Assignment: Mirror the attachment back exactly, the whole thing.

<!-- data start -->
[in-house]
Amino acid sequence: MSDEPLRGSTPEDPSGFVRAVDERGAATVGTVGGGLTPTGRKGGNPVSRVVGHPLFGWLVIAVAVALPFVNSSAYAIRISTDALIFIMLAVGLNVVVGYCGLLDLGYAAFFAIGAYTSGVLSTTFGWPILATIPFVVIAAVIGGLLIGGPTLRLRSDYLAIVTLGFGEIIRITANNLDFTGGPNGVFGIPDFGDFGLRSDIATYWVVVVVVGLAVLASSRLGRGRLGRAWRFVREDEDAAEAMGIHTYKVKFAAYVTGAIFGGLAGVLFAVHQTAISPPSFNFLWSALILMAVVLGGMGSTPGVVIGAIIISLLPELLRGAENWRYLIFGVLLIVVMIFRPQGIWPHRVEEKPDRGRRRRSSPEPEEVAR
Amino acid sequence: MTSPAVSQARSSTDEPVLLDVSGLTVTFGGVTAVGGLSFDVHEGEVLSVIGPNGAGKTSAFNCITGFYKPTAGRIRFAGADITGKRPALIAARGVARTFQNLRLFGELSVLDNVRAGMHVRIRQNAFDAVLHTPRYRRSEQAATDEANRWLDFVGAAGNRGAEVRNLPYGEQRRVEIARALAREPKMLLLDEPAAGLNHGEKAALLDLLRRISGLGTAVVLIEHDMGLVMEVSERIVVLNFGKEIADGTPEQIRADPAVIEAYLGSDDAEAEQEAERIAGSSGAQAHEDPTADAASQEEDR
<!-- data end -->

[in-house]
Amino acid sequence: MSDEPLRGSTPEDPSGFVRAVDERGAATVGTVGGGLTPTGRKGGNPVSRVVGHPLFGWLVIAVAVALPFVNSSAYAIRISTDALIFIMLAVGLNVVVGYCGLLDLGYAAFFAIGAYTSGVLSTTFGWPILATIPFVVIAAVIGGLLIGGPTLRLRSDYLAIVTLGFGEIIRITANNLDFTGGPNGVFGIPDFGDFGLRSDIATYWVVVVVVGLAVLASSRLGRGRLGRAWRFVREDEDAAEAMGIHTYKVKFAAYVTGAIFGGLAGVLFAVHQTAISPPSFNFLWSALILMAVVLGGMGSTPGVVIGAIIISLLPELLRGAENWRYLIFGVLLIVVMIFRPQGIWPHRVEEKPDRGRRRRSSPEPEEVAR
Amino acid sequence: MTSPAVSQARSSTDEPVLLDVSGLTVTFGGVTAVGGLSFDVHEGEVLSVIGPNGAGKTSAFNCITGFYKPTAGRIRFAGADITGKRPALIAARGVARTFQNLRLFGELSVLDNVRAGMHVRIRQNAFDAVLHTPRYRRSEQAATDEANRWLDFVGAAGNRGAEVRNLPYGEQRRVEIARALAREPKMLLLDEPAAGLNHGEKAALLDLLRRISGLGTAVVLIEHDMGLVMEVSERIVVLNFGKEIADGTPEQIRADPAVIEAYLGSDDAEAEQEAERIAGSSGAQAHEDPTADAASQEEDR